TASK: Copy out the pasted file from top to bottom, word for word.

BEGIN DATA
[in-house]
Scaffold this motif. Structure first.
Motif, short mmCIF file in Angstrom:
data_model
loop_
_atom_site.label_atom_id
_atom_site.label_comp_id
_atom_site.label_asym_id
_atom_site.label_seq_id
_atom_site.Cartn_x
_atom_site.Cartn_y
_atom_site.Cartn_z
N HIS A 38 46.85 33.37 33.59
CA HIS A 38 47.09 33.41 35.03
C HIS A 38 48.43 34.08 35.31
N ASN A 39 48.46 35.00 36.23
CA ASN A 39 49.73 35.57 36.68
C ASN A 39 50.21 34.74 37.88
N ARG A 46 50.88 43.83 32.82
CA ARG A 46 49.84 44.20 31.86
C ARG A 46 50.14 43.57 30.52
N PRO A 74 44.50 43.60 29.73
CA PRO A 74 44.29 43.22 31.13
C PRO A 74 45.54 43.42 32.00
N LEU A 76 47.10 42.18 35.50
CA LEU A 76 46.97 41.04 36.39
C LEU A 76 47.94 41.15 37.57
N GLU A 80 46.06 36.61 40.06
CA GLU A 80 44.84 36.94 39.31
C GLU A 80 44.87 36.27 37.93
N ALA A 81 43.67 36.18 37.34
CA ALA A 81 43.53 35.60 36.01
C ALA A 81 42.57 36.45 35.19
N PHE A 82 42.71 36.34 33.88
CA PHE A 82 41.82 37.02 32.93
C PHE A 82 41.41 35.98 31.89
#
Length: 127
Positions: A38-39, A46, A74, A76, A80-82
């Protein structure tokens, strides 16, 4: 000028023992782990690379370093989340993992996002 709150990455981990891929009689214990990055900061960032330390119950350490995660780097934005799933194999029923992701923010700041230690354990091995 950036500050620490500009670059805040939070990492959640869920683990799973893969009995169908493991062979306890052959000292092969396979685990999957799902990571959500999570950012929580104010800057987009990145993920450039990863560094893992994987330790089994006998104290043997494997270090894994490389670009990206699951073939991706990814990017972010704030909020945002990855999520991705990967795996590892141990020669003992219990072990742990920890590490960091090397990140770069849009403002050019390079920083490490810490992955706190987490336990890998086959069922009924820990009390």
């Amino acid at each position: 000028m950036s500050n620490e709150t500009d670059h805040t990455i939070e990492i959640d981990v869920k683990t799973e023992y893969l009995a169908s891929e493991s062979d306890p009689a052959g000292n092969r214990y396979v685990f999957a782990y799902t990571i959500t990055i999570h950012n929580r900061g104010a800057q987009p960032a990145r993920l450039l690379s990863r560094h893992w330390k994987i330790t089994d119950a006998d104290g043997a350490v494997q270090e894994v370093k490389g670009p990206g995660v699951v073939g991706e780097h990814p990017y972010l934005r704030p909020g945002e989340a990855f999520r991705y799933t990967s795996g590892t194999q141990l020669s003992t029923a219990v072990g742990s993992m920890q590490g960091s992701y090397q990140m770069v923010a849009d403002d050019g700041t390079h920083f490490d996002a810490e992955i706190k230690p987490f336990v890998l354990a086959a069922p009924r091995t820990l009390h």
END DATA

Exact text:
[in-house]
Scaffold this motif. Structure first.
Motif, short mmCIF file in Angstrom:
data_model
loop_
_atom_site.label_atom_id
_atom_site.label_comp_id
_atom_site.label_asym_id
_atom_site.label_seq_id
_atom_site.Cartn_x
_atom_site.Cartn_y
_atom_site.Cartn_z
N HIS A 38 46.85 33.37 33.59
CA HIS A 38 47.09 33.41 35.03
C HIS A 38 48.43 34.08 35.31
N ASN A 39 48.46 35.00 36.23
CA ASN A 39 49.73 35.57 36.68
C ASN A 39 50.21 34.74 37.88
N ARG A 46 50.88 43.83 32.82
CA ARG A 46 49.84 44.20 31.86
C ARG A 46 50.14 43.57 30.52
N PRO A 74 44.50 43.60 29.73
CA PRO A 74 44.29 43.22 31.13
C PRO A 74 45.54 43.42 32.00
N LEU A 76 47.10 42.18 35.50
CA LEU A 76 46.97 41.04 36.39
C LEU A 76 47.94 41.15 37.57
N GLU A 80 46.06 36.61 40.06
CA GLU A 80 44.84 36.94 39.31
C GLU A 80 44.87 36.27 37.93
N ALA A 81 43.67 36.18 37.34
CA ALA A 81 43.53 35.60 36.01
C ALA A 81 42.57 36.45 35.19
N PHE A 82 42.71 36.34 33.88
CA PHE A 82 41.82 37.02 32.93
C PHE A 82 41.41 35.98 31.89
#
Length: 127
Positions: A38-39, A46, A74, A76, A80-82
């Protein structure tokens, strides 16, 4: 000028023992782990690379370093989340993992996002 709150990455981990891929009689214990990055900061960032330390119950350490995660780097934005799933194999029923992701923010700041230690354990091995 950036500050620490500009670059805040939070990492959640869920683990799973893969009995169908493991062979306890052959000292092969396979685990999957799902990571959500999570950012929580104010800057987009990145993920450039990863560094893992994987330790089994006998104290043997494997270090894994490389670009990206699951073939991706990814990017972010704030909020945002990855999520991705990967795996590892141990020669003992219990072990742990920890590490960091090397990140770069849009403002050019390079920083490490810490992955706190987490336990890998086959069922009924820990009390």
């Amino acid at each position: 000028m950036s500050n620490e709150t500009d670059h805040t990455i939070e990492i959640d981990v869920k683990t799973e023992y893969l009995a169908s891929e493991s062979d306890p009689a052959g000292n092969r214990y396979v685990f999957a782990y799902t990571i959500t990055i999570h950012n929580r900061g104010a800057q987009p960032a990145r993920l450039l690379s990863r560094h893992w330390k994987i330790t089994d119950a006998d104290g043997a350490v494997q270090e894994v370093k490389g670009p990206g995660v699951v073939g991706e780097h990814p990017y972010l934005r704030p909020g945002e989340a990855f999520r991705y799933t990967s795996g590892t194999q141990l020669s003992t029923a219990v072990g742990s993992m920890q590490g960091s992701y090397q990140m770069v923010a849009d403002d050019g700041t390079h920083f490490d996002a810490e992955i706190k230690p987490f336990v890998l354990a086959a069922p009924r091995t820990l009390h």